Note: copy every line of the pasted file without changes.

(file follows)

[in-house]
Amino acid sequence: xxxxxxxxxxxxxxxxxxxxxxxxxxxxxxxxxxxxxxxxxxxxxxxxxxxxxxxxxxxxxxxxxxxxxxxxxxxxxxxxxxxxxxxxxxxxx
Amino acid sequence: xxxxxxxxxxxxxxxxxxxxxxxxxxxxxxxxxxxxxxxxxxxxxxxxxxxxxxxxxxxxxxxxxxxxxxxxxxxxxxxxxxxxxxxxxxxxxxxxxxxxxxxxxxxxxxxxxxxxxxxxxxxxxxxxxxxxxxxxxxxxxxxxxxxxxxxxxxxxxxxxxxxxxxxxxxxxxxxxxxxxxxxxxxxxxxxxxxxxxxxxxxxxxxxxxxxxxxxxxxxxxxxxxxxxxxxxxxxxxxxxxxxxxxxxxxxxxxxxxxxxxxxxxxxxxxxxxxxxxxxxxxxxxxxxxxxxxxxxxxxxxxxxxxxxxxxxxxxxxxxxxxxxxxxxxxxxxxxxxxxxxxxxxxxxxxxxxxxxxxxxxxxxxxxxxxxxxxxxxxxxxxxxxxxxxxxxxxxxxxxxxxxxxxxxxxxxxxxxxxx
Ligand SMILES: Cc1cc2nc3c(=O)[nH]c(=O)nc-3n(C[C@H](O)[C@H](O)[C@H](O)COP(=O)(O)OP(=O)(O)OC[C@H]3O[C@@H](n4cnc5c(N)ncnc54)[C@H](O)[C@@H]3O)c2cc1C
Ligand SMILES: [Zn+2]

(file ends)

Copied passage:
[in-house]
Amino acid sequence: xxxxxxxxxxxxxxxxxxxxxxxxxxxxxxxxxxxxxxxxxxxxxxxxxxxxxxxxxxxxxxxxxxxxxxxxxxxxxxxxxxxxxxxxxxxxx
Amino acid sequence: xxxxxxxxxxxxxxxxxxxxxxxxxxxxxxxxxxxxxxxxxxxxxxxxxxxxxxxxxxxxxxxxxxxxxxxxxxxxxxxxxxxxxxxxxxxxxxxxxxxxxxxxxxxxxxxxxxxxxxxxxxxxxxxxxxxxxxxxxxxxxxxxxxxxxxxxxxxxxxxxxxxxxxxxxxxxxxxxxxxxxxxxxxxxxxxxxxxxxxxxxxxxxxxxxxxxxxxxxxxxxxxxxxxxxxxxxxxxxxxxxxxxxxxxxxxxxxxxxxxxxxxxxxxxxxxxxxxxxxxxxxxxxxxxxxxxxxxxxxxxxxxxxxxxxxxxxxxxxxxxxxxxxxxxxxxxxxxxxxxxxxxxxxxxxxxxxxxxxxxxxxxxxxxxxxxxxxxxxxxxxxxxxxxxxxxxxxxxxxxxxxxxxxxxxxxxxxxxxxx
Ligand SMILES: Cc1cc2nc3c(=O)[nH]c(=O)nc-3n(C[C@H](O)[C@H](O)[C@H](O)COP(=O)(O)OP(=O)(O)OC[C@H]3O[C@@H](n4cnc5c(N)ncnc54)[C@H](O)[C@@H]3O)c2cc1C
Ligand SMILES: [Zn+2]